The question is similar to: Should technical debt be scheduled as a feature or a chore (or a bug)?, but I didn't find convincing answers that cover all 4 points so I am reposting it in a different manner.

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    If you're not actually delivering new functionality for end users, it's not a feature. A fall in velocity due to a team choice to pay down technical debt isn't a penalty, it's useful information. (Disclosure: I'm a Pivot.) – jonrsharpe May 12 '17 at 19:21
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    Your users probably don't care about your SEO. Performance maybe, if you've validated a user requirement to improve loading times then that would be a feature. But refactoring or switching platforms, presumably in the hope that you can deliver better features faster in the future is not a feature; you'll "get those points back" when you do deliver those features. – jonrsharpe May 12 '17 at 19:27
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    @jonrsharpe: The care and feeding of your users notwithstanding, why would you schedule anything without also assigning a cost to it? I'm not sold on the idea of mysteriously losing velocity due to technical debt that's being paid down without story points just for the sake of "correctness." – Robert Harvey May 12 '17 at 19:53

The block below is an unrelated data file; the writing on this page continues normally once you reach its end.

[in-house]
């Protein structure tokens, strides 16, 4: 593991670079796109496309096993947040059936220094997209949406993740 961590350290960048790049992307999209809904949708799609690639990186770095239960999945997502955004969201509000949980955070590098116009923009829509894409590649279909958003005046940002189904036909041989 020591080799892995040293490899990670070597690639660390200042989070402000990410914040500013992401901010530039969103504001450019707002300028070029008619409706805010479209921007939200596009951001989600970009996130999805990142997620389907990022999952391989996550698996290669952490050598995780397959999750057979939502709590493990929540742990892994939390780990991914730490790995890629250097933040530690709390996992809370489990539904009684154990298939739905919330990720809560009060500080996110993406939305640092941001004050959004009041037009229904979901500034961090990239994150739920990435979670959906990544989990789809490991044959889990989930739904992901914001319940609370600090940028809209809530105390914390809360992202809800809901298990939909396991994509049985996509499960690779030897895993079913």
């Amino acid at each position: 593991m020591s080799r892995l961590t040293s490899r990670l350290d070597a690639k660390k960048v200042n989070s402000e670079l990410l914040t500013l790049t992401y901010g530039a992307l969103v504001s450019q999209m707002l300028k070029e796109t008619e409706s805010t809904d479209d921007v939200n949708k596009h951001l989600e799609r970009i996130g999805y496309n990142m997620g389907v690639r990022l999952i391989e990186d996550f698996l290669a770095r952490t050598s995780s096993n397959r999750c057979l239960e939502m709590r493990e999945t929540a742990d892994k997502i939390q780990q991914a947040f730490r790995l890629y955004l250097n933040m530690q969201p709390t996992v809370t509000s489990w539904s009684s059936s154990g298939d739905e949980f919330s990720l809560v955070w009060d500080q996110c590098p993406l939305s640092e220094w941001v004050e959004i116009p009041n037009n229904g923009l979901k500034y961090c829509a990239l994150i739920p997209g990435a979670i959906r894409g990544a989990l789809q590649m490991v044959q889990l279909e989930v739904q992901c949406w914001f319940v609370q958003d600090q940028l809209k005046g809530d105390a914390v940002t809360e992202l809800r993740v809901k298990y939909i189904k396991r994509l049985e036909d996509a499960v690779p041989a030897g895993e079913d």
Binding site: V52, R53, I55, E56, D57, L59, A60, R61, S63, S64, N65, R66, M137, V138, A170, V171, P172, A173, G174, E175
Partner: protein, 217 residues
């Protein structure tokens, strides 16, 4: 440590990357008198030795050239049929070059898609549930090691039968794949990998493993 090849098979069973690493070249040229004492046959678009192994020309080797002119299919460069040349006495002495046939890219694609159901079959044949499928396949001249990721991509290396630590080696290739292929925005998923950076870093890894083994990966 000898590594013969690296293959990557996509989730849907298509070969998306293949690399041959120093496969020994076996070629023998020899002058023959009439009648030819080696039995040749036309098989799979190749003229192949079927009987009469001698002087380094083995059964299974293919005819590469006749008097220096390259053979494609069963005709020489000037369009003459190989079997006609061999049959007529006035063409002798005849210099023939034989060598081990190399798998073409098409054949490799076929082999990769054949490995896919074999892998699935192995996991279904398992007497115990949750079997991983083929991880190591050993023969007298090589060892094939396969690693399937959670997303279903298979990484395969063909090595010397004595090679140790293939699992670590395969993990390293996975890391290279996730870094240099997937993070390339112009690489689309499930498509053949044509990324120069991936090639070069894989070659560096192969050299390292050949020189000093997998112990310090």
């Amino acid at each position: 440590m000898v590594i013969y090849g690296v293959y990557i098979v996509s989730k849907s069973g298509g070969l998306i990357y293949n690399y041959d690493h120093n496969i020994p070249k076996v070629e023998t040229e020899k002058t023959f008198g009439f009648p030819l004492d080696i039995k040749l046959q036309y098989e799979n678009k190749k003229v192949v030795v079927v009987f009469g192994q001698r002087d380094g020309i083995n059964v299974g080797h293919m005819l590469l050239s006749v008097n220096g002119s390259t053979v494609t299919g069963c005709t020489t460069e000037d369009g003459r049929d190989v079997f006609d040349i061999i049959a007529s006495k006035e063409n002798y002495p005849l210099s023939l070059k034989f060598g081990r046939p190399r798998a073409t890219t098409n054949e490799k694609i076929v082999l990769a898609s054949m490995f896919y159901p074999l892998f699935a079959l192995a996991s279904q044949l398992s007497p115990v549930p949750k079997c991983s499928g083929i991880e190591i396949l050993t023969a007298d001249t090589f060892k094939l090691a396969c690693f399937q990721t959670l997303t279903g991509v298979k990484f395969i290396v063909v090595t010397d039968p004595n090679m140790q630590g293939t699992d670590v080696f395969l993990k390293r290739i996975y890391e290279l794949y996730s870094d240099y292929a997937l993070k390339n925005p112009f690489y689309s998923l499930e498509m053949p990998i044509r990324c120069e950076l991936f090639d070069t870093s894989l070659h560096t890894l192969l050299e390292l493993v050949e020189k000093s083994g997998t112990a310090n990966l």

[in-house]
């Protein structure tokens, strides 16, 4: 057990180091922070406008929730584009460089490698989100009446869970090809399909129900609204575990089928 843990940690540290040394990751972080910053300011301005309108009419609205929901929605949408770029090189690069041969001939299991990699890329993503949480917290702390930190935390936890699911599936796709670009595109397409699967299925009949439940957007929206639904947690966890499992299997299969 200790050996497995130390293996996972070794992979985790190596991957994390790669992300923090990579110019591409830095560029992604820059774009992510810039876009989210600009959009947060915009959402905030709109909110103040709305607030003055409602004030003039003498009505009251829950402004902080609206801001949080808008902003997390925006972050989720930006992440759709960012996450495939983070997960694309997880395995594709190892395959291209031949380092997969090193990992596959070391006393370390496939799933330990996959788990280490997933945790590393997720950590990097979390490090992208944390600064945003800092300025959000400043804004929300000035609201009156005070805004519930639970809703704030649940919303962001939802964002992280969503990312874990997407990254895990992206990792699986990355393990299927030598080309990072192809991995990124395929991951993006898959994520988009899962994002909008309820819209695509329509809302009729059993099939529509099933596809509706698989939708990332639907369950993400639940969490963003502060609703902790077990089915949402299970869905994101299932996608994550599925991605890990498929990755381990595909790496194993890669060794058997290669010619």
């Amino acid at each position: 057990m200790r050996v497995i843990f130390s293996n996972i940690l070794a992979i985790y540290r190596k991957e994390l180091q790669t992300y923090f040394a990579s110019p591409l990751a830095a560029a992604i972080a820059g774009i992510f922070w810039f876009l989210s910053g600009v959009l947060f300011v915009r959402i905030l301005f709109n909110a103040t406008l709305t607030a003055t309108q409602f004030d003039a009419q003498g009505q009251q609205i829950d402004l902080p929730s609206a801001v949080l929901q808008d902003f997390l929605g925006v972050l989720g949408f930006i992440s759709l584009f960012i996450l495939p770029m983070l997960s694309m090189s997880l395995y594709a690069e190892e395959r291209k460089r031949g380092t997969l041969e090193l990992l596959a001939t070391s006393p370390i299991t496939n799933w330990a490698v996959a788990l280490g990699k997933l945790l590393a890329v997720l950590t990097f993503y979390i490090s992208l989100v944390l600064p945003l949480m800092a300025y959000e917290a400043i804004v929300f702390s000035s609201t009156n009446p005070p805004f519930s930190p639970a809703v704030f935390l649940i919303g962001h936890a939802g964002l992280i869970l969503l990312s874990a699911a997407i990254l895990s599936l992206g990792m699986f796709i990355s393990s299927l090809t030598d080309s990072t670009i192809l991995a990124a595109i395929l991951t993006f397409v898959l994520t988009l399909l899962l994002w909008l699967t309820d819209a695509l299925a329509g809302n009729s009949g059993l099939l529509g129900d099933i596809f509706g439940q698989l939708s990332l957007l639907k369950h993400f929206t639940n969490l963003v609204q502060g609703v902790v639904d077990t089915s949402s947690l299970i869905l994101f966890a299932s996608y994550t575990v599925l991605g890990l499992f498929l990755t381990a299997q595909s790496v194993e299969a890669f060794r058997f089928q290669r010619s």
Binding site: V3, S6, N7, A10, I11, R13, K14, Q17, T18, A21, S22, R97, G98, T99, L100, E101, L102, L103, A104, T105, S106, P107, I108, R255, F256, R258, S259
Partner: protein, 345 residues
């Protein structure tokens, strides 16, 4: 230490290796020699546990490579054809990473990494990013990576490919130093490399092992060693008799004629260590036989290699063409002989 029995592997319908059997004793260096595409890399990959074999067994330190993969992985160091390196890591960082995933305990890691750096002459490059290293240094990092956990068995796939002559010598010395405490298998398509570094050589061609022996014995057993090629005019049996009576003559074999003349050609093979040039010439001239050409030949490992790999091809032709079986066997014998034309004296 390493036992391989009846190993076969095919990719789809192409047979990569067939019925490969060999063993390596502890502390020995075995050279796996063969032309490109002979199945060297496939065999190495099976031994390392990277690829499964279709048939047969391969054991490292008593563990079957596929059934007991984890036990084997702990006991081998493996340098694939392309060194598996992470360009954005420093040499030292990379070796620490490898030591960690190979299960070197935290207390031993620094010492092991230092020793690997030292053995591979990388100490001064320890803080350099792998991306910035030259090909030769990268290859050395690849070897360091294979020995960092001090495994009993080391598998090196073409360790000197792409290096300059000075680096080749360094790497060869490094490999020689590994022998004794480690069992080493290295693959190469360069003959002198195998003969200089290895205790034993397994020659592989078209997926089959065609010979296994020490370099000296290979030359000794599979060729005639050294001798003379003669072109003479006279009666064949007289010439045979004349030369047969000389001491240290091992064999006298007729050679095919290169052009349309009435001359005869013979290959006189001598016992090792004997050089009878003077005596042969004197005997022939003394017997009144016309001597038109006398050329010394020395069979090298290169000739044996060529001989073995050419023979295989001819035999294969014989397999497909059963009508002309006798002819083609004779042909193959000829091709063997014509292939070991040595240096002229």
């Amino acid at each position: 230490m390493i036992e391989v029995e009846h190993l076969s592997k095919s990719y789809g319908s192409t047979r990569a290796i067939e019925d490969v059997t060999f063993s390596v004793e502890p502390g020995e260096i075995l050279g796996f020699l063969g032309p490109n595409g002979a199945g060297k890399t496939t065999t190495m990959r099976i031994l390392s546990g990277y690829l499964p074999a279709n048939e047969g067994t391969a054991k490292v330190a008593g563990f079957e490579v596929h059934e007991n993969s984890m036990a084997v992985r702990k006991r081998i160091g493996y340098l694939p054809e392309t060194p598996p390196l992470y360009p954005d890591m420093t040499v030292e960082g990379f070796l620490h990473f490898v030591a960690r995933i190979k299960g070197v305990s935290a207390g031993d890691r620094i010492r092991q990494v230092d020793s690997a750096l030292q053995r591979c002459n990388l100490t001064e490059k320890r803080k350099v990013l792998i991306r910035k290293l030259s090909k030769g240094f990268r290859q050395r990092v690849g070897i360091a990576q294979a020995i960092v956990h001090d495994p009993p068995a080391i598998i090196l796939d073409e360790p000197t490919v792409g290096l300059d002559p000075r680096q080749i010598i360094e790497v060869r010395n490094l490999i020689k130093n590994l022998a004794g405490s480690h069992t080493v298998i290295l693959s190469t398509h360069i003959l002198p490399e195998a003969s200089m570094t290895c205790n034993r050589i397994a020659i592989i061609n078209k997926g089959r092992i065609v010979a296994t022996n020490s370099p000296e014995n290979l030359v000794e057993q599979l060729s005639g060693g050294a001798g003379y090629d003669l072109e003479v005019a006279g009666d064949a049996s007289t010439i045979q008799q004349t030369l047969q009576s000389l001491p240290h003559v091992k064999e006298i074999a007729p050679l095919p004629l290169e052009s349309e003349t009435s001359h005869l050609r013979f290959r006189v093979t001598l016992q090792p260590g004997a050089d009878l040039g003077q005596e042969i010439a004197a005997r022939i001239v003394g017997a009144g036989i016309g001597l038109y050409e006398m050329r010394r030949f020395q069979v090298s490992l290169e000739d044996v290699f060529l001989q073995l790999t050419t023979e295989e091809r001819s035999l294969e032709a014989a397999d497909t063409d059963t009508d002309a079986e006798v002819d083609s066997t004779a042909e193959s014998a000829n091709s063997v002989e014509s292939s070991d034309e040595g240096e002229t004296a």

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    Voting to close as primarily opinion based. Either way is fine, and in the end this is all paperwork to aid you in getting things done. – Telastyn May 12 '17 at 20:04
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    @sahil: Ouch. Incurring technical debt is something that can often be out of the software developer's control. Management pressures to release software on a certain date can be one reason. Why should they be penalized for that at all? If it's worth doing, it's worth assigning a cost. – Robert Harvey May 12 '17 at 20:05
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Short answer: paying down technical debt is a chore. You're not delivering new functionality for end users, so it doesn't get pointed.


Official answer:

Bugs and chores aren’t estimable by default